Two statement tracks follow. The impressively vicious “Eyes Black” takes a run at Eastern religions/culture where women are forced to wear burkas to cover themselves in public. “Money Shot” is a critique of the women in rock who concentrate more on their physical appearance than the music itself. Particularly amusing are the last two lines which are spoken where, after a deep laugh, Tairrie says, “And I never want to be like you. F**k no!” Mick does a cool little Geezer Butler part in the middle of the track which really adds to the material rather than just holding down the foundation.
Church and religion gone awry gets served notice of condemnation in “Abusing (the) Muse”. Tairrie and Mick’s love/hate (mostly hate) relationship with Los Angeles is covered in “La Ciudad”. The song has a line that says “Face down on the motherf**king pavement” which refers to an incident of mistaken identity where the pair were forced out of their car and flat down on the middle of a highway courtesy of an LA swat team this past summer.
“Suicide Tuesday” is like a series of rabbit punches punctuated by another of those tremendous screams that Tairrie is known for. “Saviourself” has some swagger to it while Tairrie delivers some pointed lyrics like “Well I guess it’s true what they say. Friendship is a fashion.” Mick lays down a crunchy riff that wouldn’t sound out of place on an AC/DC record (OK, a heavy AC/DC record). This is a sleeper cut as I thought it was just good when I first heard it but time is a friend to this one as I now love it.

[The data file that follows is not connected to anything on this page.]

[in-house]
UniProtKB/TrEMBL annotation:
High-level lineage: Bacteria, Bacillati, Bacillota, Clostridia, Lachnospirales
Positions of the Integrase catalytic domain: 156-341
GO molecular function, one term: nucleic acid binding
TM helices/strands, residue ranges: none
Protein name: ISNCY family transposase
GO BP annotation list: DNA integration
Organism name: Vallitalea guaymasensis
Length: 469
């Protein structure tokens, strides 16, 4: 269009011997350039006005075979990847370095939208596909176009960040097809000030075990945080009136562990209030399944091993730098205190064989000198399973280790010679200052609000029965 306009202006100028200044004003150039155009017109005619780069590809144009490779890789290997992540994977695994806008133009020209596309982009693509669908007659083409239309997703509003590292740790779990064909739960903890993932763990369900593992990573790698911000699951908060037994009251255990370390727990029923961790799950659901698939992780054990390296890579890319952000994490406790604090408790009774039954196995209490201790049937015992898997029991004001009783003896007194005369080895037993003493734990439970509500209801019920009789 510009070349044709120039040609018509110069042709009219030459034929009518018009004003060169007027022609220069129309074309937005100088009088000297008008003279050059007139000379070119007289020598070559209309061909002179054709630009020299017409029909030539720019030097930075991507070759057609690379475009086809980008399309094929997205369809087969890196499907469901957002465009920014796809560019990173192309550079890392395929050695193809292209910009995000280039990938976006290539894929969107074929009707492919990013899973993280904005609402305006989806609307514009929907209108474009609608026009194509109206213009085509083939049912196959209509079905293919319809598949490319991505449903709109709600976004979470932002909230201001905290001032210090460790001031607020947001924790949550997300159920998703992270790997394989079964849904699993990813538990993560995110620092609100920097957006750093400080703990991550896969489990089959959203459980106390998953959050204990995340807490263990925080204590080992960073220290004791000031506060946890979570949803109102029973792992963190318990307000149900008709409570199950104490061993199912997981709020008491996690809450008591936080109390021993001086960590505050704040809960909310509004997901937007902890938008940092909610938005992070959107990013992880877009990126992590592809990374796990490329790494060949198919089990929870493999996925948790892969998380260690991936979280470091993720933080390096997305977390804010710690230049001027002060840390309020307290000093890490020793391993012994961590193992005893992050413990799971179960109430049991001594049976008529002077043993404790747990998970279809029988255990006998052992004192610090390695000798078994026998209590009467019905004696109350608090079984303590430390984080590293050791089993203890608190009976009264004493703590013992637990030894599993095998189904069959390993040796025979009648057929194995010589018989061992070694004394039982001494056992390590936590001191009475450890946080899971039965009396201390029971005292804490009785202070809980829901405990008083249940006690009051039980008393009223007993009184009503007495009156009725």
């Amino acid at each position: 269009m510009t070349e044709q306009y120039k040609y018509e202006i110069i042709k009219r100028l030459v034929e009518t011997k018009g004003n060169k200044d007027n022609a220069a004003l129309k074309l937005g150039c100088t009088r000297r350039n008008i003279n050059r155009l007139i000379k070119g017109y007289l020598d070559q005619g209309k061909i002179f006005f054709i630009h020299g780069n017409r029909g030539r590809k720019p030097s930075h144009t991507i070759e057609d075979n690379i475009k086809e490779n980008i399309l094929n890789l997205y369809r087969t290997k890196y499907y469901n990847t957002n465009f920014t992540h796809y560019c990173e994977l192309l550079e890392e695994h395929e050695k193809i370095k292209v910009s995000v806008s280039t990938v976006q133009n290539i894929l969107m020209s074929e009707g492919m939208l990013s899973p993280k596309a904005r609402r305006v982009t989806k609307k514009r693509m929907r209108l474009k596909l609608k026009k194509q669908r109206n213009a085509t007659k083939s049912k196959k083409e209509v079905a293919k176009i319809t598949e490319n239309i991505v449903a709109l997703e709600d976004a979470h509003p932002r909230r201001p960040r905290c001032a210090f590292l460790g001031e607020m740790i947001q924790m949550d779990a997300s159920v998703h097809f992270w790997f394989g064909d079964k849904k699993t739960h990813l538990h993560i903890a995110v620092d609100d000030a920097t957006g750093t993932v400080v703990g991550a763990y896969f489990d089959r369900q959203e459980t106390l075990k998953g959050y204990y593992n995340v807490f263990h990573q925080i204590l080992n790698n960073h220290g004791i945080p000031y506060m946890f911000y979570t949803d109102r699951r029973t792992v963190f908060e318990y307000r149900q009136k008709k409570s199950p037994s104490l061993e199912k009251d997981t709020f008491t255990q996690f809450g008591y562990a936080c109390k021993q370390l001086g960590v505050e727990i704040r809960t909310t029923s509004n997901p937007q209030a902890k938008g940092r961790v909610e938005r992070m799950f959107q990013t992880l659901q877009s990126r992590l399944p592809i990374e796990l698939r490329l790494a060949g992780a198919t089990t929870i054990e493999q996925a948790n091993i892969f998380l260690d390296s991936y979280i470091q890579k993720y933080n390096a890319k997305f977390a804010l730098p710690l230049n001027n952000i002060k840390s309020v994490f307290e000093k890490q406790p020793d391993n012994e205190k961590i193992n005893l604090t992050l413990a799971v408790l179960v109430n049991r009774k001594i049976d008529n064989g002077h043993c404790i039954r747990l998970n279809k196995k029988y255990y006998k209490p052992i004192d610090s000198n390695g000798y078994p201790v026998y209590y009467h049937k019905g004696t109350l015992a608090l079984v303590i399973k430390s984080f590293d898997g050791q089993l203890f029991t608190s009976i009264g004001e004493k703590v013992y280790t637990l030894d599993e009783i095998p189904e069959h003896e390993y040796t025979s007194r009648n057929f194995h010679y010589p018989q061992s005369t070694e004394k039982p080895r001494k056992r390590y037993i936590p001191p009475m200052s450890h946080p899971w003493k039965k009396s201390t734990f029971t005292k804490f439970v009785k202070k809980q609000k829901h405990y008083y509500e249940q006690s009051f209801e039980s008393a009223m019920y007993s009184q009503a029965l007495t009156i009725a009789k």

The awesome “Malediction” gets your head banging in short order as Mick brings in a riff that is like a tractor beam, sucking you right in. I have a theory. I bet that the reason his solos always sound so inspired is that he has bionic fingers and they are powered by a internal computer brain. If you break down his riffs, there is never any overlap and his solos sound like they are coming out of nowhere as if once the studio light goes on, the fingers just go “Showtime” and everything flows out unrehearsed.
“Repose” is highlighted by an awesome chorus that is unlike anything else they’ve done before, and it also features (who else?) Mick Murphy on background vocals. In the cover of Rollins Band’s “Turned Out” Tairrie has a foot in both camps as she both speak/snarls her way through the words before decimating the chorus with some unreal screams.
“Deathknell” is a confident summation of the band up to now. A perfect bookend to “Diggin’ For Ghosts”, this track is hypnotizing with Tairrie’s sexy speaking voice. Musically, Mick sounds like Iommi with a dark majestic framework with a slightly less-than mid-tempo gait.
Sonically and lyrically this band seems to be firing on all cylinders. You can hear it on the tracks and witness it courtesy of the accompanying DVD full of studio time showing the creation of the record. I think I say this on every review but despite some trying obstacles, it’s hard to picture My Ruin sounding any better than this.